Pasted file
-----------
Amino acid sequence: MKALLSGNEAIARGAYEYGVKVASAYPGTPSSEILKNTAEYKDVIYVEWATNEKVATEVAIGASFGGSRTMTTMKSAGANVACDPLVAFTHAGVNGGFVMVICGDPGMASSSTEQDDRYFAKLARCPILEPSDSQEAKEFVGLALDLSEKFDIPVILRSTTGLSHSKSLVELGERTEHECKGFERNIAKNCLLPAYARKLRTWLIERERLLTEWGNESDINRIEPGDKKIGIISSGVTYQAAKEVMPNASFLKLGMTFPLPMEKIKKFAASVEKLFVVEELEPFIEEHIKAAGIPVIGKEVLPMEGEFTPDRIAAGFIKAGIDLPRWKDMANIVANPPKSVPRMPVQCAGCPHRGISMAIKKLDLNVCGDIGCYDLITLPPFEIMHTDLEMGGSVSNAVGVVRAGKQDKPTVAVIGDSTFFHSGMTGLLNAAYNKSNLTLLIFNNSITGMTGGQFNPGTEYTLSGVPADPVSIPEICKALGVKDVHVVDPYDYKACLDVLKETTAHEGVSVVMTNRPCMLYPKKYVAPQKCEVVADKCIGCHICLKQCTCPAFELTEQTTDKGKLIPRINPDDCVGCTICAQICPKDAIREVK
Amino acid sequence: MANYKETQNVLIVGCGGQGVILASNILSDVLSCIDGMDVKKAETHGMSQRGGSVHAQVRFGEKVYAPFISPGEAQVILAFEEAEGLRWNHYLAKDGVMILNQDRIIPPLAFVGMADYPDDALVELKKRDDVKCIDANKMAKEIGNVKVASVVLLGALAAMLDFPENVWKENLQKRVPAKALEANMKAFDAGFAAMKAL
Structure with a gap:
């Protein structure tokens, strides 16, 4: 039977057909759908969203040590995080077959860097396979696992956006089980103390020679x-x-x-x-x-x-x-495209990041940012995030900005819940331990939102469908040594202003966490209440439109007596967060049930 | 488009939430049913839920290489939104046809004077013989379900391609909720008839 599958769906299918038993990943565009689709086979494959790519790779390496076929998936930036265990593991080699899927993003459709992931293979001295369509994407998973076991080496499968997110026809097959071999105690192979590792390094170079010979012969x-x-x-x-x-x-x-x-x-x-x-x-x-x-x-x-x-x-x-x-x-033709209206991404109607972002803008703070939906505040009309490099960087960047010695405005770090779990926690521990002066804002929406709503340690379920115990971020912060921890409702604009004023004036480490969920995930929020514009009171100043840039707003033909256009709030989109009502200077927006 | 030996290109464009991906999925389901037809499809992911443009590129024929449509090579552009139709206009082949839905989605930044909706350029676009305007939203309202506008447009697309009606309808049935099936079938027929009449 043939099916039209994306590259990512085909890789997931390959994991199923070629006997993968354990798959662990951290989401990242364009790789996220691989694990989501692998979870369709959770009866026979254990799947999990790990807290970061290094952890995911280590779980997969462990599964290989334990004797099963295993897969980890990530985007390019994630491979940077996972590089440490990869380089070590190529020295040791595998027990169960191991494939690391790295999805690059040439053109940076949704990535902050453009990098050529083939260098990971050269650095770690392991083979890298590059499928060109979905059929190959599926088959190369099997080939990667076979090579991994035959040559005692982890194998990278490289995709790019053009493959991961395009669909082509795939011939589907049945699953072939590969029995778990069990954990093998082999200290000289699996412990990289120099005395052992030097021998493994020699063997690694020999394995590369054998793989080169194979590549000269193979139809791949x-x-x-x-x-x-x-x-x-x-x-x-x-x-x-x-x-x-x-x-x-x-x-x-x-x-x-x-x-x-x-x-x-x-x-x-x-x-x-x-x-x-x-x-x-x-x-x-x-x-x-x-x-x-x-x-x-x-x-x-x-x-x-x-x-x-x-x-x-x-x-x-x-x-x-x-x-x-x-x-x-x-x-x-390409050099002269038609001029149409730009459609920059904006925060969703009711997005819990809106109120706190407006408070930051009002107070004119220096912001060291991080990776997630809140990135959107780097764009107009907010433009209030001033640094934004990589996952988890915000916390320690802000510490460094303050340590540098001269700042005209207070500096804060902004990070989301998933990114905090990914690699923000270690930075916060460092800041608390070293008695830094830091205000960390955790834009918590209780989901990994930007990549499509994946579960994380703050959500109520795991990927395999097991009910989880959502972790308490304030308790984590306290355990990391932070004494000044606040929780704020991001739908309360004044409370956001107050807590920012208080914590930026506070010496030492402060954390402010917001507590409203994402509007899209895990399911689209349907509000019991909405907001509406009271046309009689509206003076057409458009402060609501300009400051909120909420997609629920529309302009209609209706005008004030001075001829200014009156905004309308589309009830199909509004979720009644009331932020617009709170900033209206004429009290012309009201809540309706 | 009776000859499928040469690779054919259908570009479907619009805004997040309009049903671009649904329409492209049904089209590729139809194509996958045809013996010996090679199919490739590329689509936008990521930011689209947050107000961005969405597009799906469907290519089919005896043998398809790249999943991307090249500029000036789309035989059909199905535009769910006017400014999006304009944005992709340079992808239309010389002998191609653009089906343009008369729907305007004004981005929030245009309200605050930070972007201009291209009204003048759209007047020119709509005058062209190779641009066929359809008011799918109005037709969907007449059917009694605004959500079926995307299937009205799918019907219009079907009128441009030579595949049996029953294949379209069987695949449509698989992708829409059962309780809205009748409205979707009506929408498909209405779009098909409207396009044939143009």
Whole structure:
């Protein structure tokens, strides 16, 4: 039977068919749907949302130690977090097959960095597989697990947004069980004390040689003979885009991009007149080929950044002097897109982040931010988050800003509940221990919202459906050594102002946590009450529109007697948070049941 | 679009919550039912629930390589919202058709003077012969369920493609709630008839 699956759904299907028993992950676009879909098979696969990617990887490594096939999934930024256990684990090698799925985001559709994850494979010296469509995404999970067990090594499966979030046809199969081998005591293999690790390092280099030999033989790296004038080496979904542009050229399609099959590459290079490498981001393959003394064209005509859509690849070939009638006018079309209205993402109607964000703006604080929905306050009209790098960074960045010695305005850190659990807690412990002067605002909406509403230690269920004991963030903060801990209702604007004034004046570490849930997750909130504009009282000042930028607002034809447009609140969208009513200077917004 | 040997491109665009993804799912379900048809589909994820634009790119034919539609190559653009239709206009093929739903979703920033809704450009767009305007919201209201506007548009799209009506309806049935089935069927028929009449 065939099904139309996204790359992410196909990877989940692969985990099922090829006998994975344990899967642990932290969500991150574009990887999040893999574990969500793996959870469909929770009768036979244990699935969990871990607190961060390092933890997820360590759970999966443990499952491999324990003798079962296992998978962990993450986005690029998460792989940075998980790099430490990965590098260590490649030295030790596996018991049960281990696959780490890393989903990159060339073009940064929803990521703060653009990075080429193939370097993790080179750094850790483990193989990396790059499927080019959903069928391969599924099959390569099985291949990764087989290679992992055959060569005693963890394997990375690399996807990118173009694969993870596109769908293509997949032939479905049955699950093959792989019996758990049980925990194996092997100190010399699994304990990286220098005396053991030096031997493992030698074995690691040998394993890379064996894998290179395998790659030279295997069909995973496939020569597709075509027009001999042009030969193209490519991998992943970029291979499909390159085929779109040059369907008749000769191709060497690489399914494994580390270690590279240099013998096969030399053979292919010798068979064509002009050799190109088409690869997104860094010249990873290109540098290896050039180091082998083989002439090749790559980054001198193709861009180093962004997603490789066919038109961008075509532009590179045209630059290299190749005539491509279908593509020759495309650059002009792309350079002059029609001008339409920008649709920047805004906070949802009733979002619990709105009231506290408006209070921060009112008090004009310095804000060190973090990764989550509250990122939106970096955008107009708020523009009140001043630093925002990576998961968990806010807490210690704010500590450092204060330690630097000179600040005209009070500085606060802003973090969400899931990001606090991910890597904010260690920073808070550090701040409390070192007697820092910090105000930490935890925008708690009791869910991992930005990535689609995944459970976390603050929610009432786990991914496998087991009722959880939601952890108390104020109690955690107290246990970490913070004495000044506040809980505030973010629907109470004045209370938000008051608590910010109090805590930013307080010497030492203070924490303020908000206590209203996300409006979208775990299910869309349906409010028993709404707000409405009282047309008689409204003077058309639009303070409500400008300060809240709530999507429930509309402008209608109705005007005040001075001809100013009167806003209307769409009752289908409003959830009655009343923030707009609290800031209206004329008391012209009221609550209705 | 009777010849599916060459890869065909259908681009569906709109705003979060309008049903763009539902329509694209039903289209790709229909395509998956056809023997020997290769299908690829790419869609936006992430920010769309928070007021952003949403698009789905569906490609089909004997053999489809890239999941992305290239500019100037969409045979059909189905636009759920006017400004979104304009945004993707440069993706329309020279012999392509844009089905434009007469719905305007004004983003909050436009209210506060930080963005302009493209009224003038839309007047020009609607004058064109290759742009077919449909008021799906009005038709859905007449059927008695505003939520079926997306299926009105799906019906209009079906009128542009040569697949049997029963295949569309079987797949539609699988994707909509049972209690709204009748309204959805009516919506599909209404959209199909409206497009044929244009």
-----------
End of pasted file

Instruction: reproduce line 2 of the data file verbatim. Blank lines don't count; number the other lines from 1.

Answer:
Amino acid sequence: MANYKETQNVLIVGCGGQGVILASNILSDVLSCIDGMDVKKAETHGMSQRGGSVHAQVRFGEKVYAPFISPGEAQVILAFEEAEGLRWNHYLAKDGVMILNQDRIIPPLAFVGMADYPDDALVELKKRDDVKCIDANKMAKEIGNVKVASVVLLGALAAMLDFPENVWKENLQKRVPAKALEANMKAFDAGFAAMKAL